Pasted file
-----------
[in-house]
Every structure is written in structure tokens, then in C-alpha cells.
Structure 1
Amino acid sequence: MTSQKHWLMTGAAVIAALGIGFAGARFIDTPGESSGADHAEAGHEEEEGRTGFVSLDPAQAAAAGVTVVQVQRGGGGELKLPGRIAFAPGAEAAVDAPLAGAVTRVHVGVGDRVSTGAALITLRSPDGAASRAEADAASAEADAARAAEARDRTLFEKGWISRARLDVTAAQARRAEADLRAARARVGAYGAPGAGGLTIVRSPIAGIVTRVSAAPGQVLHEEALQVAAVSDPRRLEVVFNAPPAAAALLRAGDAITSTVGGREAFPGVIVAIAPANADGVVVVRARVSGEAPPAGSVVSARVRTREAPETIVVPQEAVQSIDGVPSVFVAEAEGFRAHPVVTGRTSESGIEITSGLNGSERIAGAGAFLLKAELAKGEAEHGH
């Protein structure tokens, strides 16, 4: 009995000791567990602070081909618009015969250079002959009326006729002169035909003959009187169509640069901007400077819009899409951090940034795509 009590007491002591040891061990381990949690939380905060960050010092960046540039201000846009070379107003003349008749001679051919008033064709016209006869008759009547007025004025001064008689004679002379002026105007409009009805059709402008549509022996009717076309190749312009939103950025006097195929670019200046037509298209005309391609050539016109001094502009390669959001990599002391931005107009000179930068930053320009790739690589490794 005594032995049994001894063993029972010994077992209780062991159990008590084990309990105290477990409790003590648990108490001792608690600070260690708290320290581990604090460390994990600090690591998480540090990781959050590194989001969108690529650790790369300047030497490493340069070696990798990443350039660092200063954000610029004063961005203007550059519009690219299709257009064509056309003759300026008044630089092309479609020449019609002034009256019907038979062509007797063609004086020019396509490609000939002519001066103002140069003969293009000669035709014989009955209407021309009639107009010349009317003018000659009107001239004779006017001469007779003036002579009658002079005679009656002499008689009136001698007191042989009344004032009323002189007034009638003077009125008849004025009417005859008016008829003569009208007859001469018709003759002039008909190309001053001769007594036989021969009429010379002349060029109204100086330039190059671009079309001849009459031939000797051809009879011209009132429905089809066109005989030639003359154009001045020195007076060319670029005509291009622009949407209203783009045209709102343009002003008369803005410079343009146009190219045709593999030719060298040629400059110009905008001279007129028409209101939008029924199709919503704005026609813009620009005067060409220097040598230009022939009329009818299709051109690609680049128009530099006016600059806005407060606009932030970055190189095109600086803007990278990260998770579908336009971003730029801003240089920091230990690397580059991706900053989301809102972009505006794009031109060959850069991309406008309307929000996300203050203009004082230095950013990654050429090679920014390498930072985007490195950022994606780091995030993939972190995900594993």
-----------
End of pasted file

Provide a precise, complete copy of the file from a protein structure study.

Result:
[in-house]
Every structure is written in structure tokens, then in C-alpha cells.
Structure 1
Amino acid sequence: MTSQKHWLMTGAAVIAALGIGFAGARFIDTPGESSGADHAEAGHEEEEGRTGFVSLDPAQAAAAGVTVVQVQRGGGGELKLPGRIAFAPGAEAAVDAPLAGAVTRVHVGVGDRVSTGAALITLRSPDGAASRAEADAASAEADAARAAEARDRTLFEKGWISRARLDVTAAQARRAEADLRAARARVGAYGAPGAGGLTIVRSPIAGIVTRVSAAPGQVLHEEALQVAAVSDPRRLEVVFNAPPAAAALLRAGDAITSTVGGREAFPGVIVAIAPANADGVVVVRARVSGEAPPAGSVVSARVRTREAPETIVVPQEAVQSIDGVPSVFVAEAEGFRAHPVVTGRTSESGIEITSGLNGSERIAGAGAFLLKAELAKGEAEHGH
């Protein structure tokens, strides 16, 4: 009995000791567990602070081909618009015969250079002959009326006729002169035909003959009187169509640069901007400077819009899409951090940034795509 009590007491002591040891061990381990949690939380905060960050010092960046540039201000846009070379107003003349008749001679051919008033064709016209006869008759009547007025004025001064008689004679002379002026105007409009009805059709402008549509022996009717076309190749312009939103950025006097195929670019200046037509298209005309391609050539016109001094502009390669959001990599002391931005107009000179930068930053320009790739690589490794 005594032995049994001894063993029972010994077992209780062991159990008590084990309990105290477990409790003590648990108490001792608690600070260690708290320290581990604090460390994990600090690591998480540090990781959050590194989001969108690529650790790369300047030497490493340069070696990798990443350039660092200063954000610029004063961005203007550059519009690219299709257009064509056309003759300026008044630089092309479609020449019609002034009256019907038979062509007797063609004086020019396509490609000939002519001066103002140069003969293009000669035709014989009955209407021309009639107009010349009317003018000659009107001239004779006017001469007779003036002579009658002079005679009656002499008689009136001698007191042989009344004032009323002189007034009638003077009125008849004025009417005859008016008829003569009208007859001469018709003759002039008909190309001053001769007594036989021969009429010379002349060029109204100086330039190059671009079309001849009459031939000797051809009879011209009132429905089809066109005989030639003359154009001045020195007076060319670029005509291009622009949407209203783009045209709102343009002003008369803005410079343009146009190219045709593999030719060298040629400059110009905008001279007129028409209101939008029924199709919503704005026609813009620009005067060409220097040598230009022939009329009818299709051109690609680049128009530099006016600059806005407060606009932030970055190189095109600086803007990278990260998770579908336009971003730029801003240089920091230990690397580059991706900053989301809102972009505006794009031109060959850069991309406008309307929000996300203050203009004082230095950013990654050429090679920014390498930072985007490195950022994606780091995030993939972190995900594993």